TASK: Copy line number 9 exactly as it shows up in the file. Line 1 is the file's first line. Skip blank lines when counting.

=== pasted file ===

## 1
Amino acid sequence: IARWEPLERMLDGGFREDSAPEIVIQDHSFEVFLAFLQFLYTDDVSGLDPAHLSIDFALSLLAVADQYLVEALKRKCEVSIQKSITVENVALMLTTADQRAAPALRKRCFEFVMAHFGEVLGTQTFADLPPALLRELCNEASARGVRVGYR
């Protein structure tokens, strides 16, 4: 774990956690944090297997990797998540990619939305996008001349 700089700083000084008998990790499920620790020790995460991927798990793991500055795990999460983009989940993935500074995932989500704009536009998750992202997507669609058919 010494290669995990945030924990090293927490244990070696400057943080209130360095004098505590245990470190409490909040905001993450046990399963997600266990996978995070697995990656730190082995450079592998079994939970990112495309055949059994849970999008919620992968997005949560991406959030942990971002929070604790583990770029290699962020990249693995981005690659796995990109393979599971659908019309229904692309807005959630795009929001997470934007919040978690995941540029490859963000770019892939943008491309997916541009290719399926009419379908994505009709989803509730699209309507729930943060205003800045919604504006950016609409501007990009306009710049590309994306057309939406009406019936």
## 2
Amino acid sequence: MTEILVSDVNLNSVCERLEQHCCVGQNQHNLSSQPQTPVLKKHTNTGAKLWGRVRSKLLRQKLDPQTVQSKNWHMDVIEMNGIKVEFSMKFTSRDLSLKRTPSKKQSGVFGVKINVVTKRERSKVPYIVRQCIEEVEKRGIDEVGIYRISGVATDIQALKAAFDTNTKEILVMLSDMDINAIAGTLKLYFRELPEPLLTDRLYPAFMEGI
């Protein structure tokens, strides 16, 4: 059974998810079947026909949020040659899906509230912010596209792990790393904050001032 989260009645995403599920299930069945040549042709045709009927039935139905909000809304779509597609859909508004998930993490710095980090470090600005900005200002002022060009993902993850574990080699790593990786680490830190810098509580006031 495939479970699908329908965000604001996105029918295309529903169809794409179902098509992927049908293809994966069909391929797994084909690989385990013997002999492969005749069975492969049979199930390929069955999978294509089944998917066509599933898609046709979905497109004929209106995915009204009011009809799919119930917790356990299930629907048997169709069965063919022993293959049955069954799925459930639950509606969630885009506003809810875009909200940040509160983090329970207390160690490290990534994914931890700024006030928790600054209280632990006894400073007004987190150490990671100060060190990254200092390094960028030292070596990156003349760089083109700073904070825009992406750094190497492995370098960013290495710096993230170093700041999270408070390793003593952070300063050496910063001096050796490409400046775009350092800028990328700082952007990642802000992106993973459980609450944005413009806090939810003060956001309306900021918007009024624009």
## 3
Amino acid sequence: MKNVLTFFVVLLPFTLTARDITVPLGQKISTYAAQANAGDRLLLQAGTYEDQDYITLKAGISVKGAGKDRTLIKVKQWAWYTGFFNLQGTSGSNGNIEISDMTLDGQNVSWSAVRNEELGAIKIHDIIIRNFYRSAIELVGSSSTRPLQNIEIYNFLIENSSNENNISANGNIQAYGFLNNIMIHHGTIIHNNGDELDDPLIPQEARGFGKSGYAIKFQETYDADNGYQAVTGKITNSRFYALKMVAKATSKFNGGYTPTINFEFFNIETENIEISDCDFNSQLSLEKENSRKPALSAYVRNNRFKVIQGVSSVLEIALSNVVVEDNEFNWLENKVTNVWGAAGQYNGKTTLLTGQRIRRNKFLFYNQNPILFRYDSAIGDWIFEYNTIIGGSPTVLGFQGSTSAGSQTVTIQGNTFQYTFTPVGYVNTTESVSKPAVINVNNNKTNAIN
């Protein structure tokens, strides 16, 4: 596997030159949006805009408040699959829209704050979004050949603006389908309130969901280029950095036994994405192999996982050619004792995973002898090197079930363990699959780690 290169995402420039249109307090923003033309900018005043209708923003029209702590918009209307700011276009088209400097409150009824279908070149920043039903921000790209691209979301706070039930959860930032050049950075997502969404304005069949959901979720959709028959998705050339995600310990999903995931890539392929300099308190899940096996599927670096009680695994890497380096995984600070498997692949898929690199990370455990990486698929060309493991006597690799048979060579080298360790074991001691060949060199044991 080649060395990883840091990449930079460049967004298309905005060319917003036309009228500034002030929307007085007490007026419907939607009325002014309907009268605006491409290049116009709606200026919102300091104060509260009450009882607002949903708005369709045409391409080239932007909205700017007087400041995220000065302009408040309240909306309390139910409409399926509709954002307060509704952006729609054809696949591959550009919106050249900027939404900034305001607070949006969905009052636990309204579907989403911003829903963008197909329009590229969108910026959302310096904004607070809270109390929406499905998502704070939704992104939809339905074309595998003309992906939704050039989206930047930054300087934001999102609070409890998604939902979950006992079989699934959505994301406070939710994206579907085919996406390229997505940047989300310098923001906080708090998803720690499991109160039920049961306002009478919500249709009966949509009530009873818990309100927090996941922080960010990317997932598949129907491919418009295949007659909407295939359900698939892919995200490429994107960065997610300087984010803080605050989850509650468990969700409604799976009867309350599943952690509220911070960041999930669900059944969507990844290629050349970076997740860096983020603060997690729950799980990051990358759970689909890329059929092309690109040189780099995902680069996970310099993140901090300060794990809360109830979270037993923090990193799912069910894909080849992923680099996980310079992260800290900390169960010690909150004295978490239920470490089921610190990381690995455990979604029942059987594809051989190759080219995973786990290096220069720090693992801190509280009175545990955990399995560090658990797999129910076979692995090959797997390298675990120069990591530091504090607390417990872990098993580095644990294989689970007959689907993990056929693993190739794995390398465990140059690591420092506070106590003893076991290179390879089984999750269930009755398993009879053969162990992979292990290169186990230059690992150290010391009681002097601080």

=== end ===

């Protein structure tokens, strides 16, 4: 596997030159949006805009408040699959829209704050979004050949603006389908309130969901280029950095036994994405192999996982050619004792995973002898090197079930363990699959780690 290169995402420039249109307090923003033309900018005043209708923003029209702590918009209307700011276009088209400097409150009824279908070149920043039903921000790209691209979301706070039930959860930032050049950075997502969404304005069949959901979720959709028959998705050339995600310990999903995931890539392929300099308190899940096996599927670096009680695994890497380096995984600070498997692949898929690199990370455990990486698929060309493991006597690799048979060579080298360790074991001691060949060199044991 080649060395990883840091990449930079460049967004298309905005060319917003036309009228500034002030929307007085007490007026419907939607009325002014309907009268605006491409290049116009709606200026919102300091104060509260009450009882607002949903708005369709045409391409080239932007909205700017007087400041995220000065302009408040309240909306309390139910409409399926509709954002307060509704952006729609054809696949591959550009919106050249900027939404900034305001607070949006969905009052636990309204579907989403911003829903963008197909329009590229969108910026959302310096904004607070809270109390929406499905998502704070939704992104939809339905074309595998003309992906939704050039989206930047930054300087934001999102609070409890998604939902979950006992079989699934959505994301406070939710994206579907085919996406390229997505940047989300310098923001906080708090998803720690499991109160039920049961306002009478919500249709009966949509009530009873818990309100927090996941922080960010990317997932598949129907491919418009295949007659909407295939359900698939892919995200490429994107960065997610300087984010803080605050989850509650468990969700409604799976009867309350599943952690509220911070960041999930669900059944969507990844290629050349970076997740860096983020603060997690729950799980990051990358759970689909890329059929092309690109040189780099995902680069996970310099993140901090300060794990809360109830979270037993923090990193799912069910894909080849992923680099996980310079992260800290900390169960010690909150004295978490239920470490089921610190990381690995455990979604029942059987594809051989190759080219995973786990290096220069720090693992801190509280009175545990955990399995560090658990797999129910076979692995090959797997390298675990120069990591530091504090607390417990872990098993580095644990294989689970007959689907993990056929693993190739794995390398465990140059690591420092506070106590003893076991290179390879089984999750269930009755398993009879053969162990992979292990290169186990230059690992150290010391009681002097601080």